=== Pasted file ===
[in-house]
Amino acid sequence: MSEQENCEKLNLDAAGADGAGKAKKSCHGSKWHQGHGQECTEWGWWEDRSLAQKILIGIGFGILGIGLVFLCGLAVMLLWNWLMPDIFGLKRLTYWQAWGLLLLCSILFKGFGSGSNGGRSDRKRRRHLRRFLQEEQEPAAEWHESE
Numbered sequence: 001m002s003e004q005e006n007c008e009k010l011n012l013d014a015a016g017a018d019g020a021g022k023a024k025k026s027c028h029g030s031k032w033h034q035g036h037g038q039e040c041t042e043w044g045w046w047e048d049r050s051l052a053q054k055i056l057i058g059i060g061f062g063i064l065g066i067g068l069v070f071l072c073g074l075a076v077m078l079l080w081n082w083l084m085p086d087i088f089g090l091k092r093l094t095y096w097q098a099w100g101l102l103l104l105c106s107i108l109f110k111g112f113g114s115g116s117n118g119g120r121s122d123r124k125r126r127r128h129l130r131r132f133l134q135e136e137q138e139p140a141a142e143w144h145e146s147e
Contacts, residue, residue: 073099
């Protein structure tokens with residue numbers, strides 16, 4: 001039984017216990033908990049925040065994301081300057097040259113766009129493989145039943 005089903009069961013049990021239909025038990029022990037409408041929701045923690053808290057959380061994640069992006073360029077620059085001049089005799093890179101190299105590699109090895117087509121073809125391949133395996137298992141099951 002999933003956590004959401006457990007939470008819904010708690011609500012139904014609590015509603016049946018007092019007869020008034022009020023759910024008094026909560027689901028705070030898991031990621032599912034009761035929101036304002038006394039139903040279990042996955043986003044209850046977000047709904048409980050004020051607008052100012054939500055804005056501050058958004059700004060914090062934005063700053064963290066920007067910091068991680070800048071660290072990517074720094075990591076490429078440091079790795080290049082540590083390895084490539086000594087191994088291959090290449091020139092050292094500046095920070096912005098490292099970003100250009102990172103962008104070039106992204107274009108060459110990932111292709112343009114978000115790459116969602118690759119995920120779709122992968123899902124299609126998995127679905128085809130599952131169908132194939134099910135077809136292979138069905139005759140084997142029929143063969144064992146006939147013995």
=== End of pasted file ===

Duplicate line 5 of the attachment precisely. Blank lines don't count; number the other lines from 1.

């Protein structure tokens with residue numbers, strides 16, 4: 001039984017216990033908990049925040065994301081300057097040259113766009129493989145039943 005089903009069961013049990021239909025038990029022990037409408041929701045923690053808290057959380061994640069992006073360029077620059085001049089005799093890179101190299105590699109090895117087509121073809125391949133395996137298992141099951 002999933003956590004959401006457990007939470008819904010708690011609500012139904014609590015509603016049946018007092019007869020008034022009020023759910024008094026909560027689901028705070030898991031990621032599912034009761035929101036304002038006394039139903040279990042996955043986003044209850046977000047709904048409980050004020051607008052100012054939500055804005056501050058958004059700004060914090062934005063700053064963290066920007067910091068991680070800048071660290072990517074720094075990591076490429078440091079790795080290049082540590083390895084490539086000594087191994088291959090290449091020139092050292094500046095920070096912005098490292099970003100250009102990172103962008104070039106992204107274009108060459110990932111292709112343009114978000115790459116969602118690759119995920120779709122992968123899902124299609126998995127679905128085809130599952131169908132194939134099910135077809136292979138069905139005759140084997142029929143063969144064992146006939147013995």